5. Bais HP, Weir TL, Perry LG, Gilroy S, Vivanco JM (2006) The role of root exudates in rhizosphere interactions with plants and other organisms. Annu Rev Plant Biol 57:233–266CrossRefPubMedGoogle Scholar
  6. Bais HP, Broeckling CD, Vivanco JM (2008) Root exudates modulate plant–microbe interactions in the rhizosphere. In Karlovsky P (ed) Secondary metabolites in soil ecology. Springer Verlag, pp. 241–252Google Scholar
  7. Batish DR, Lavanya K, Singh HP, Kohli RK (2007) Root-mediated allelopathic interference of Nettle-leaved Goosefoot (Chenopodium murale) on wheat (Triticum aestivum). J AgronCrop Sci 193:37–44CrossRefGoogle Scholar
  8. Bertin C, Yang X, Weston LA (2003) The role of root exudates and allelochemicals in the rhizosphere. Plant Soil 256:67–83CrossRefGoogle Scholar
  9. Booth C (1971) The Genus Fusarium. Commonwealth Mycological Institute, Kew, Surrey, England, pp. 32–35Google Scholar
  10. Booth JA (1969) Gossypaum harsutum tolerance to Verticillium dahliae infection I. Amino acids exudation from aseptic roots of tolerant and susceptible cotton. Phytopathology 59:43–46Google Scholar
  11. Brencic A, Winans SC (2005) Detection of and response to signals involved in host-microbe interactions by plant-associated bacteria. Microbiol Mol Biol Rev 69:155–194CrossRefPubMedGoogle Scholar
  12. Broeckling CD, Broz AK, Bergelson J, Manter DK, Vivanco JM (2008) Root exudates regulate soil fungal community composition and diversity. Appl Environ Microbiol 74:738–744CrossRefPubMedGoogle Scholar
  13. Chu GX, Shen QR, Cao JL (2004) N2 fixation and N transfer from peanut to rice cultivated in aerobic soil in an intercropping system and its effects on soil N fertility. Plant Soil 263(1–2):17–27CrossRefGoogle Scholar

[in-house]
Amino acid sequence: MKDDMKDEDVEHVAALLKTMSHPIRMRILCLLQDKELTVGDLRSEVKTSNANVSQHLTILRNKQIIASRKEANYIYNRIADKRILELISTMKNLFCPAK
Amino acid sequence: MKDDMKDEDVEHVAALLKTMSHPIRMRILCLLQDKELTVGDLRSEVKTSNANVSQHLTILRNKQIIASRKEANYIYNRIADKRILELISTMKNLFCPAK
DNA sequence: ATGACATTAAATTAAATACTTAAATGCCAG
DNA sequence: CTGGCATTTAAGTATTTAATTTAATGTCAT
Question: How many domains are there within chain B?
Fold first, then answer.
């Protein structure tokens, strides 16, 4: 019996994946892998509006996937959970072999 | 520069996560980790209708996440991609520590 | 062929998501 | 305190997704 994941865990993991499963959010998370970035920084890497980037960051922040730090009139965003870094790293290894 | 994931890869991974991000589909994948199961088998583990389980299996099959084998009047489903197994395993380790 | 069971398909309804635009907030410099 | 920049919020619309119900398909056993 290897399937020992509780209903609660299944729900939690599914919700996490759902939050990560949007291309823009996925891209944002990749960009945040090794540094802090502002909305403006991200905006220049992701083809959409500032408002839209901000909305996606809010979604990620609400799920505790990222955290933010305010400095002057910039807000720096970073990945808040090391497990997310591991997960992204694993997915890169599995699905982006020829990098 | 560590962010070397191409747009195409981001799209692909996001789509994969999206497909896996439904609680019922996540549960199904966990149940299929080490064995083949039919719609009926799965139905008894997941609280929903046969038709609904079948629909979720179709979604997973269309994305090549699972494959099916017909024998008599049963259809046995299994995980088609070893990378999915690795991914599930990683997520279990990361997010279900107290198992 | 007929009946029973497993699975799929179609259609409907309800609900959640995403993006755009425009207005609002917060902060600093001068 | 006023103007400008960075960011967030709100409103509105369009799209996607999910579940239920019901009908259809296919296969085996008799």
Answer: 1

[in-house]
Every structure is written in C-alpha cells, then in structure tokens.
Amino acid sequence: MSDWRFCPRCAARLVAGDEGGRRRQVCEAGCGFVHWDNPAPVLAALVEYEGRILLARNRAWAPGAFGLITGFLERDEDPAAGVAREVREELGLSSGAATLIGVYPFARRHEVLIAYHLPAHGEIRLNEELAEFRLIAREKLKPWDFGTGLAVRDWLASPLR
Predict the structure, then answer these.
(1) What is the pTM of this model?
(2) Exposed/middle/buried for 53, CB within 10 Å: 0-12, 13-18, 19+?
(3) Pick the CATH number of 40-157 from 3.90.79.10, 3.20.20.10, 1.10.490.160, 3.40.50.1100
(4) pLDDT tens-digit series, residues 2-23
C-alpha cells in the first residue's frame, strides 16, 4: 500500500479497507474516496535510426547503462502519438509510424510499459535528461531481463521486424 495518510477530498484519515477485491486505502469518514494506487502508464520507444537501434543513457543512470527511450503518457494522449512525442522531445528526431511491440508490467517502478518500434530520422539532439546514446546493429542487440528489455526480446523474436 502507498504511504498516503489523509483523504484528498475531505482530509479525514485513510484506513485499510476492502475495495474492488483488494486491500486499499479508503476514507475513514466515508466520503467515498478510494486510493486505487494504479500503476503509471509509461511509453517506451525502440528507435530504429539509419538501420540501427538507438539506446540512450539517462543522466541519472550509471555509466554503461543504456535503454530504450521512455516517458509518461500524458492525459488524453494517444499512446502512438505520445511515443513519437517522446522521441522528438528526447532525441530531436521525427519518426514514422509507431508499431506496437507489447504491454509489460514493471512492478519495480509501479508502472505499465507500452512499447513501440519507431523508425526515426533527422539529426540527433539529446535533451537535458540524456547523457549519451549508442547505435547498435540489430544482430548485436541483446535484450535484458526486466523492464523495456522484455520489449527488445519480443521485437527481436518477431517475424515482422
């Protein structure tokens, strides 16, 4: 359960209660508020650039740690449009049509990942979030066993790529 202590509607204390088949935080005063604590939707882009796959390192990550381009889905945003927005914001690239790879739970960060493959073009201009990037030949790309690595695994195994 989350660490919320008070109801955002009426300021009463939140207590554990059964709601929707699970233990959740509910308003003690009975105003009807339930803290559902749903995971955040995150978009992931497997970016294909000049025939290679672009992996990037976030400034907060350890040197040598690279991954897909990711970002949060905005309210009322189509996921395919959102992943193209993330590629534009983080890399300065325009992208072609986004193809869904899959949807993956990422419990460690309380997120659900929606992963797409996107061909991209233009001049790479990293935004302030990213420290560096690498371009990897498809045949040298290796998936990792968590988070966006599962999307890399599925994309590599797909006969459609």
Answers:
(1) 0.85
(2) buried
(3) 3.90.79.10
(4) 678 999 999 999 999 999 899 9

14. Chung IM, Ahn JK, Yun SJ (2001) Identification of allelopathic compounds from rice (Oryza sative L.) straw and their biological activity. Can J Plant Sci 81:815–819Google Scholar
  15. D’Auria JC, Gershenzon J (2005) The secondary metabolism of Arabidopsis thaliana: growing like a weed. Curr Opin Plant Biol 8:308CrossRefPubMedGoogle Scholar
  16. Dixon RA (2001) Natural products and plant disease resistance. Nature 411:843–847CrossRefPubMedGoogle Scholar
  17. Fu ZD (2004) Metabolism. In Zhang ZL, Qu WQ (eds) Experiments of plant physiology. Higher Education Press, pp. 127–129 (In Chinese)Google Scholar
  18. Gan YT, Siddique KHM, MacLeod WJ, Jayakumar P (2006) Management options for minimizing the damage by ascochyta blight (Ascochyta rabiei) in chickpea (Cicer arietinum L.). Field Crops Res 97:121–134CrossRefGoogle Scholar
  19. Gil SV, Harob R, Oddinoc C, Kearneyc M, Zuzac M, Marinellic A, March GJ (2008) Crop management practices in the control of peanut diseases caused by soil-borne fungi. Crop Prot 27:1–9CrossRefGoogle Scholar
  20. Gómez-Rodrígueza O, Zavaleta-Mejíaa E, González-Hernándezb VA (2003) Allelopathy and microclimatic modification of intercropping with marigold on tomato early blight disease development. Field Crops Res 83:27–34CrossRefGoogle Scholar
  21. Govaerts B, Fuentes M, Mezzalama M, Nicol JM, Deckers J, Etchevers JD, Figueroa-Sandoval B, Sayre KD (2007) Infiltration, soil moisture, root rot and nematode populations after 12 years of different tillage, residue and crop rotation managements. Soil Tillage Res 94:209–219CrossRefGoogle Scholar